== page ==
Pt(IV)

Relative to their Pt(II) congeners, Pt(IV) complexes are relatively non-toxic. Pt(IV) complexes can be activated by either reducing agents or by ultraviolet irradiation to transform Pt(IV) into active Pt(II) metabolites by the loss of both axial ligands. The reduction process can be cytotoxic through the binding to nuclear DNA. As Pt(IV) is reduced to a lower oxidation state, similar radicals and ROS with higher oxidation states can be generated as a balance, without the consumption of endogenous oxygen. The reduced Pt(II) species and in situ self-generated ROS may function as effective cell killing agents for a combinatorial chemotherapy and PDT. Taking advantage of this property, Guo et al93 synthesized a Pt(IV) complex-based prodrug monomer, which could be reduced to Pt(II) species to generate ROS in an O2-independent manner. This could overcome the hypoxia existing in conventional PDT. To target deliver the drug to tumor site, 2-methacryloyloxyethyl phosphorylcholine monomer was employed to generate a polyprodrug with excellent solubility and increase its blood circulation time. The polyprodrug monomer exhibited combined chemotherapy and PDT efficacy against tumors.

Co(III)

Apart from the aforementioned use of Co(III) as fluorescence nanoparticles, the combination of chemotherapy drugs with Co(III) complexes is a promising strategy. Coordination of anticancer agents to Co(III) can inhibit the cytotoxic properties of the agents. When reduced to Co(II) in a hypoxic environment, the active molecule is released and restored to its active form to kill the surrounding cells. For example, Denny et al summarized a series of Co(III) complex in there report.94 Three recently designed Co(III)-triazole complexes with structural and redox properties proved suitable for hypoxia-activated drug delivery, with structural and redox properties that were suitable for hypoxia-activated drug delivery.95 Besides, Anna et al96 present a bioreductively activated cobalt(III) carrier system for the delivery of curcumin with enhanced drug stability, tumor penetration, and efficacy in hypoxic tumor regions. Using a combination of fluorescence lifetime imaging and X-ray absorption spectroscopy to monitor the curcumin release.

Target HIF-1a and its derivative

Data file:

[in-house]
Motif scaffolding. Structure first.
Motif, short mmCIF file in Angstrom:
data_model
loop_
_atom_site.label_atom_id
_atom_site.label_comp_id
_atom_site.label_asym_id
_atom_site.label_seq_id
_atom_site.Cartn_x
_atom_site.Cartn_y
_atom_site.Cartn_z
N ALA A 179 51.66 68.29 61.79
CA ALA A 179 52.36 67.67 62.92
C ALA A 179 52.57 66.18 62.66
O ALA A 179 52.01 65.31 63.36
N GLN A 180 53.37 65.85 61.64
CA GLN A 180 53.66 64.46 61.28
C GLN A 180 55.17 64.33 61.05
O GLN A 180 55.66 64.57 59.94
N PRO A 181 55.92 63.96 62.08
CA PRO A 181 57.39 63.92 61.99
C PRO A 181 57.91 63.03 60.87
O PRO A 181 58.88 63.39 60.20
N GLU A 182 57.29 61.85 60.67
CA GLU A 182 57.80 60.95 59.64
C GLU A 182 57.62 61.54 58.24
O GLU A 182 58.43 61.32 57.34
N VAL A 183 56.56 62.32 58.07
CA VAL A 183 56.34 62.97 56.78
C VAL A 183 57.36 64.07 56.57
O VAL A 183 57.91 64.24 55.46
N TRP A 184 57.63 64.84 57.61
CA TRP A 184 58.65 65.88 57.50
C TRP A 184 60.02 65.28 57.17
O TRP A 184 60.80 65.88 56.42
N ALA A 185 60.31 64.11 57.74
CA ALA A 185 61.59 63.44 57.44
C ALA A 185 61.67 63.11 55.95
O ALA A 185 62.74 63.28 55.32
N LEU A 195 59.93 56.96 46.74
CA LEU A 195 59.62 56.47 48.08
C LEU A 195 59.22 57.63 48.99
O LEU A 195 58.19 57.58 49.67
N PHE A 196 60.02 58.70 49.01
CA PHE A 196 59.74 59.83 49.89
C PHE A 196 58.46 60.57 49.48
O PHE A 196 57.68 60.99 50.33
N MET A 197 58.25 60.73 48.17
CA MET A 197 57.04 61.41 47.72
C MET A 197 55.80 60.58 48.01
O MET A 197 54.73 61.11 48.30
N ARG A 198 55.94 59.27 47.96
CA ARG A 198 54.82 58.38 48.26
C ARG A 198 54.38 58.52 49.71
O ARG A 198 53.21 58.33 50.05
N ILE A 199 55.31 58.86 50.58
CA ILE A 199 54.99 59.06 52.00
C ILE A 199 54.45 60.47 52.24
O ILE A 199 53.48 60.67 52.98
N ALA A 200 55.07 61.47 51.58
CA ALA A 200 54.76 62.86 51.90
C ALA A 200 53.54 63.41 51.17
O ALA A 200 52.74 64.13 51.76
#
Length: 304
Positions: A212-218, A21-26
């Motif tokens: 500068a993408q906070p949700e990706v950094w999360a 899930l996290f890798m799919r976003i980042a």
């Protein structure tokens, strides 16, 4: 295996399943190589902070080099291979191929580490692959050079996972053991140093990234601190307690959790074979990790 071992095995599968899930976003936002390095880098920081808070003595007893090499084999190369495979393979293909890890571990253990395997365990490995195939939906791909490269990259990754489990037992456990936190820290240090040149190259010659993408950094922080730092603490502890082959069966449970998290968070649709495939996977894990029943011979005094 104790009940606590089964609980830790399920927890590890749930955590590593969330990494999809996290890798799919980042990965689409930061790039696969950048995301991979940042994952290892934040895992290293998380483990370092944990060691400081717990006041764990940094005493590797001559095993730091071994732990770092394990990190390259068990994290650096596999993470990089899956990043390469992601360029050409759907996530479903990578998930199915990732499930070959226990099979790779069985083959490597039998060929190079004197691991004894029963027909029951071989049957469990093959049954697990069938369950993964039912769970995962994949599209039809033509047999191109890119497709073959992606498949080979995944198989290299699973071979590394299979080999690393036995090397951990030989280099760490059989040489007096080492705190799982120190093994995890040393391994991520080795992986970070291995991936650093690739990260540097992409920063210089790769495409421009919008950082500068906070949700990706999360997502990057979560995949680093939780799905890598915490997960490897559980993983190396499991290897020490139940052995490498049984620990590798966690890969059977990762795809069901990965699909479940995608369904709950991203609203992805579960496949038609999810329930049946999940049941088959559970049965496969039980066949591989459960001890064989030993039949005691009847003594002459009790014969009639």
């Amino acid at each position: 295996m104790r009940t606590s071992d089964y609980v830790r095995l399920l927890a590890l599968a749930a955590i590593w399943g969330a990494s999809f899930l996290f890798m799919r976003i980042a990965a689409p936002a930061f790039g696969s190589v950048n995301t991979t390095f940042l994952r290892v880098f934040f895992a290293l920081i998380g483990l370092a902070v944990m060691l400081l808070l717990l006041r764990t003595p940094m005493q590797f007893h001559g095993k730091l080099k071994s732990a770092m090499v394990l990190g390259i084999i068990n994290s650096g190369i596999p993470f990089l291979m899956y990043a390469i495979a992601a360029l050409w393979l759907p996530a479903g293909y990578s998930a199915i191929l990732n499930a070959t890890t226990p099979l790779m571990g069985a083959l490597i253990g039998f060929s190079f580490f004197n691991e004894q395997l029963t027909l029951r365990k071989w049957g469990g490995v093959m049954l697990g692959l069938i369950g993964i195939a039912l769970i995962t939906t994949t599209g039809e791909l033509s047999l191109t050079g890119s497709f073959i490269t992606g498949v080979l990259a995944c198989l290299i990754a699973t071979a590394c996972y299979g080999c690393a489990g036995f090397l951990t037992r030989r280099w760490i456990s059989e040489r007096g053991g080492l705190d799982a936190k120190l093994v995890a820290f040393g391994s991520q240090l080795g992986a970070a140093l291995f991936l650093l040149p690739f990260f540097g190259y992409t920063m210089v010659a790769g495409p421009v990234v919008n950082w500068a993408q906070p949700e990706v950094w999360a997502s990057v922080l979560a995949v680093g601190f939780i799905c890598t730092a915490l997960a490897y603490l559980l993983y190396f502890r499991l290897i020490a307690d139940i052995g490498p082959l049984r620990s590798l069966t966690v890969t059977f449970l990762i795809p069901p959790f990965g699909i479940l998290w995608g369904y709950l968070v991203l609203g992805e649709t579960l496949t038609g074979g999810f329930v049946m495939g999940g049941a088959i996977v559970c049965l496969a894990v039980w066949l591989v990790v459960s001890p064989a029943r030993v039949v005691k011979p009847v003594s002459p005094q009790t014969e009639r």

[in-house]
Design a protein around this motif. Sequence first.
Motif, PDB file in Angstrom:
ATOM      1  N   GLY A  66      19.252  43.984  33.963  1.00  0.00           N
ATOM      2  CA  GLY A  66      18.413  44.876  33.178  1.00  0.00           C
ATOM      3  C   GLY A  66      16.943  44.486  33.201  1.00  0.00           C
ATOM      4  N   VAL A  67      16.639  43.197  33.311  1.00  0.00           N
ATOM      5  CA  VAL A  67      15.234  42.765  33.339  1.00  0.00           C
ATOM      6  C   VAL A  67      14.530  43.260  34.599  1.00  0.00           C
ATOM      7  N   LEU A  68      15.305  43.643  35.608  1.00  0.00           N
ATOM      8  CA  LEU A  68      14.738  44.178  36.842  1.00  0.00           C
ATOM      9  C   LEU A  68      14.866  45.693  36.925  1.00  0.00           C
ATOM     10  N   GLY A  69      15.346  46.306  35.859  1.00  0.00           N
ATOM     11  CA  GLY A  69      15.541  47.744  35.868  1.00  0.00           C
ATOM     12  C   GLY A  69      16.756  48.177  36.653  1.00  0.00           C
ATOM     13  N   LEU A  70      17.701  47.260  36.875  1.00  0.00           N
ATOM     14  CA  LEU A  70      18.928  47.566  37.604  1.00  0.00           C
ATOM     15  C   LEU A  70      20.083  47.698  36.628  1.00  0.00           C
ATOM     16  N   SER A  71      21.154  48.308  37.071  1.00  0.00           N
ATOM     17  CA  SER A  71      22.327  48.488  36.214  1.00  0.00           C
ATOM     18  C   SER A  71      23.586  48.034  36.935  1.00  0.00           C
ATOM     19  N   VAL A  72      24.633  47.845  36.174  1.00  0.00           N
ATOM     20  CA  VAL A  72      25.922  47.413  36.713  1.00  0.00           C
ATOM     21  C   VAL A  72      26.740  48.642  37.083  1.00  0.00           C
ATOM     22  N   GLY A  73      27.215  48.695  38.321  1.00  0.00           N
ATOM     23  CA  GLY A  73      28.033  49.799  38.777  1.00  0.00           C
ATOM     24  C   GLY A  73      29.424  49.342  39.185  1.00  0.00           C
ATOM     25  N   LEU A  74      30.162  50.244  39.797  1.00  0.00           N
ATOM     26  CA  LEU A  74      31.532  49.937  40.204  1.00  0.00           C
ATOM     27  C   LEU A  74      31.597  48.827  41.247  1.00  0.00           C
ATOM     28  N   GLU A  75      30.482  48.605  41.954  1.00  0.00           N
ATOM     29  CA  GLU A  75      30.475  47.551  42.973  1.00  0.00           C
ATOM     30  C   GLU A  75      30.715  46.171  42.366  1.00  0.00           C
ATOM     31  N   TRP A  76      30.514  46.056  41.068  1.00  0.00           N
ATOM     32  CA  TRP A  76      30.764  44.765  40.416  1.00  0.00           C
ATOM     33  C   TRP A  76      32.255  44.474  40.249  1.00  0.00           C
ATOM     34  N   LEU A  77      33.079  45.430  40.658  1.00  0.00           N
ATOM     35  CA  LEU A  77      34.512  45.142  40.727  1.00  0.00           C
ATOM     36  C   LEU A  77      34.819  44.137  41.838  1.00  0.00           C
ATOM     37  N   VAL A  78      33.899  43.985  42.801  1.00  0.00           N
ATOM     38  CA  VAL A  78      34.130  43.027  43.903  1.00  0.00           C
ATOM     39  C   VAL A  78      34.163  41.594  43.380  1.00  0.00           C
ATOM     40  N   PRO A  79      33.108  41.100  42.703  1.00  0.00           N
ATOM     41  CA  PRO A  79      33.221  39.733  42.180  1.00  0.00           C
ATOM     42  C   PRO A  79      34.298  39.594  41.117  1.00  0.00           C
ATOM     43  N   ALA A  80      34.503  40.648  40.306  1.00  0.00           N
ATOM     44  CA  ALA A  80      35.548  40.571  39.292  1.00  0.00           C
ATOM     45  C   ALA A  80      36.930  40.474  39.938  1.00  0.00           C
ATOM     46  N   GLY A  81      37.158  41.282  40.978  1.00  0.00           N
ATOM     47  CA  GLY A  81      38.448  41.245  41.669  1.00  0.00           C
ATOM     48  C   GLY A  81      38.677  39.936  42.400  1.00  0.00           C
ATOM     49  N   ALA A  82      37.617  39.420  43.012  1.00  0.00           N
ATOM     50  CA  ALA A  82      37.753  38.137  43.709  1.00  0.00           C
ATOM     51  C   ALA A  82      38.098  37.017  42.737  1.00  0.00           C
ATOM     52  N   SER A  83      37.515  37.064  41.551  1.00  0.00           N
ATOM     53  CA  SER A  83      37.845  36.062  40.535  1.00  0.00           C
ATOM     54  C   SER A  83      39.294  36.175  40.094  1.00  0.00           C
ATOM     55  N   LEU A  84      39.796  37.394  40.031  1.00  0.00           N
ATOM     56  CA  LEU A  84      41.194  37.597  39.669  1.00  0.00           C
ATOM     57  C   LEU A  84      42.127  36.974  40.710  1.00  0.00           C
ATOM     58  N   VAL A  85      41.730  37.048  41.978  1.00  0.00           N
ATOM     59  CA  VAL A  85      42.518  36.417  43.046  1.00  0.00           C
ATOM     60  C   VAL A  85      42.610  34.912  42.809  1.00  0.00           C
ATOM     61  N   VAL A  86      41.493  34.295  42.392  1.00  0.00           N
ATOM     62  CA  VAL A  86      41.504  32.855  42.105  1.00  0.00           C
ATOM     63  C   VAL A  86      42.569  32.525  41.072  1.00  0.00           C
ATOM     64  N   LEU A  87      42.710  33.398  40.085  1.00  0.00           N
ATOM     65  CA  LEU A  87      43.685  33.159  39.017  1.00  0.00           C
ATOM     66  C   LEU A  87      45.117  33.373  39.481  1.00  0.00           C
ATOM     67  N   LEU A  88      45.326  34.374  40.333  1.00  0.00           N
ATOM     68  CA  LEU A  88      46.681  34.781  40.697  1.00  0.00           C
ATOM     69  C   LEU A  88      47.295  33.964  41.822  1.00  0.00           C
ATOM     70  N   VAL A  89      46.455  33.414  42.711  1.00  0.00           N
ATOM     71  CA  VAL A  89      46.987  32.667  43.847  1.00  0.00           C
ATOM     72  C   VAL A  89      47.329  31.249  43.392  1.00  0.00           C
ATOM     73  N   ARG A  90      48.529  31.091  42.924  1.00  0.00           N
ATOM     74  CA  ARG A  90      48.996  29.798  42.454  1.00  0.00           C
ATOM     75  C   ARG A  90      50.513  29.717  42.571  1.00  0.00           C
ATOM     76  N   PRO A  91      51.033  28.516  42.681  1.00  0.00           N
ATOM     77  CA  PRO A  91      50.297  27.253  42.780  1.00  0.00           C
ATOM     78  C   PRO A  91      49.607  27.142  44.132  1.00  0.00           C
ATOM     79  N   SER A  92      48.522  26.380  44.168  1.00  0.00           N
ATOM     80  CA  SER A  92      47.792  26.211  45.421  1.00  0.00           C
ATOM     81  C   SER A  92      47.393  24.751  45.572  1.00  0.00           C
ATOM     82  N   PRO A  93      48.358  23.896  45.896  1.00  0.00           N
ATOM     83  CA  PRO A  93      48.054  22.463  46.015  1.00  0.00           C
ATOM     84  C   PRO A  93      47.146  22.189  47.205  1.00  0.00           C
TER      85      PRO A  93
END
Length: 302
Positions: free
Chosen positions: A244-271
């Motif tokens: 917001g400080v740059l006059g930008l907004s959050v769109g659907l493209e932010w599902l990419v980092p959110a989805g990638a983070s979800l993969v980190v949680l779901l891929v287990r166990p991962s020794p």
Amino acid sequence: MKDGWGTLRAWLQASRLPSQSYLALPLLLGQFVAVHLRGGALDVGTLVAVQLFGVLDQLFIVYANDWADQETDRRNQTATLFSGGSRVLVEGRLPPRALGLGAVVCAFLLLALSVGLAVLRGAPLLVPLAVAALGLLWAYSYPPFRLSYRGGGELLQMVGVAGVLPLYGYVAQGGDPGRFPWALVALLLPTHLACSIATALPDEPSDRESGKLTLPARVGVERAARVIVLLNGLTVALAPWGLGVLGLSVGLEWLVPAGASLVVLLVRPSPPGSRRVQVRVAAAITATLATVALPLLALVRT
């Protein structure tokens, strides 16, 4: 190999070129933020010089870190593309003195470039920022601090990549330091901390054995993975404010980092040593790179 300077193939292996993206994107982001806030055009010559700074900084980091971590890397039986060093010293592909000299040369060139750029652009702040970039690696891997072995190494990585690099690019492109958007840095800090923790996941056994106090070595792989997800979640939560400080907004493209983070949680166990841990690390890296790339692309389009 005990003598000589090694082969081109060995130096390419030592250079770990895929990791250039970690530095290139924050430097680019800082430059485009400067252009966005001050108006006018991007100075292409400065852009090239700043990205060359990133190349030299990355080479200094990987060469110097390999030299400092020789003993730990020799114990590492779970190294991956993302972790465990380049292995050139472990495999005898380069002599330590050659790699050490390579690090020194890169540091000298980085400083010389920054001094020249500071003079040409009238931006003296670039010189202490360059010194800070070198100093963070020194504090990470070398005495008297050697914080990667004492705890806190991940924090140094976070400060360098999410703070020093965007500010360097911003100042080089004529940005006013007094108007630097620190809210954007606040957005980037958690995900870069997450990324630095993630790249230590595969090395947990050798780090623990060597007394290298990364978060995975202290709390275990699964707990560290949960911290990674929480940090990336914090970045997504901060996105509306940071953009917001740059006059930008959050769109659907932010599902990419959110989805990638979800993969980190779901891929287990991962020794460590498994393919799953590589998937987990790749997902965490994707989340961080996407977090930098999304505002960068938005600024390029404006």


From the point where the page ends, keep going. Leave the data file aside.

HIF-1 induces the upregulation of glycolysis, which causes the accumulation of lactate, and many other substances, among them carbonic anhydrase IX (CA IX), a transmembrane protein neutralizing intracellular acidosis and of imparting chemoresistance, is a typical example.97 There are two mechanisms to cause chemoresistance. First, chemotherapy can induce intracellular acidification, while CA IX prevents apoptosis by maintaining a normal intracellular pH against chemotherapy. Second, CA IX converts CO2 and H2O to H+ and HCO3 in the extracellular space, which induces intracellular alkalosis through the bicarbonate transporter and H+ induced extracellular acidosis in the extracellular space, which is responsible for chemoresistance of cancer cells. Thus, HIF-1a and CA IX are associated with the killing of hypoxic tumors. Lots of clinical trials are underway to target CA IX. The trials are taking advantage of the fact that CA IX is not expressed in the majority of normal tissues and is strongly expressed in tumors. Therefore, inhibiting CA IX activity by binding to its active site or near can compromise the catalytic function of CA IX. Using specific monoclonal antibodies can enable the detection and killing of tumor cells that express CA IX.98 A fluorescein isothiocyanate-conjugated carbonic anhydrase inhibitor thioureido-homosulfanilamide can reduce the extracellular acidification and bind only to hypoxic cells expressing CA IX. The result shows that there is no binding to CA IX-positive normoxic cells or CA IX-negative controls. Selective binding of conjugated inhibitor to CA IX-expressing hypoxic cells suggests that labeled CA IX inhibitors can be potentially used as tools for in vivo imaging of hypoxic tumors.99 Alsaab et al100 developed a simple and efficient multistage nanoplatform (ATZ-C4.16) for the systematic targeting of hypoxic environments to induce the combination of chemotherapeutic and immunotherapeutic effect in renal cell carcinoma. In this research, acetazolamide is the CA IX targeting agent, which acts to improve tumor penetration compare to the nontargeted ligand in hypoxia. The cell division cycle and apoptosis regulator 1 protein analog (C4.16) as immunotherapeutic agent, which abolishes the activity of the phosphoinositide-3-kinase/protein kinase B pathway, triggers the pyrolysis of poly ADP ribose polymerase, downregulation of cyclin B, and upregulation of caspase-3 and −7. On the other hand, sorafenib acts as a chemotherapeutic agent by inhibiting VEGF receptor and BRAF. This comprehensive treatment can also upmodulate the tumoricidal function of M-1 macrophages and downmodulate tumorigenic M-2 macrophage-associated biomarkers, such as CD206 and arginase-1 by a mechanism that remains unclear. The combination of CA IX-C4.16 with sorafenib produced the targeted delivery of the payload in hypoxic tumors, resulting in induction of multimodal anticancer effects, including apoptosis, reversal of drug resistance, and reprogramming of malfunctioning macrophages.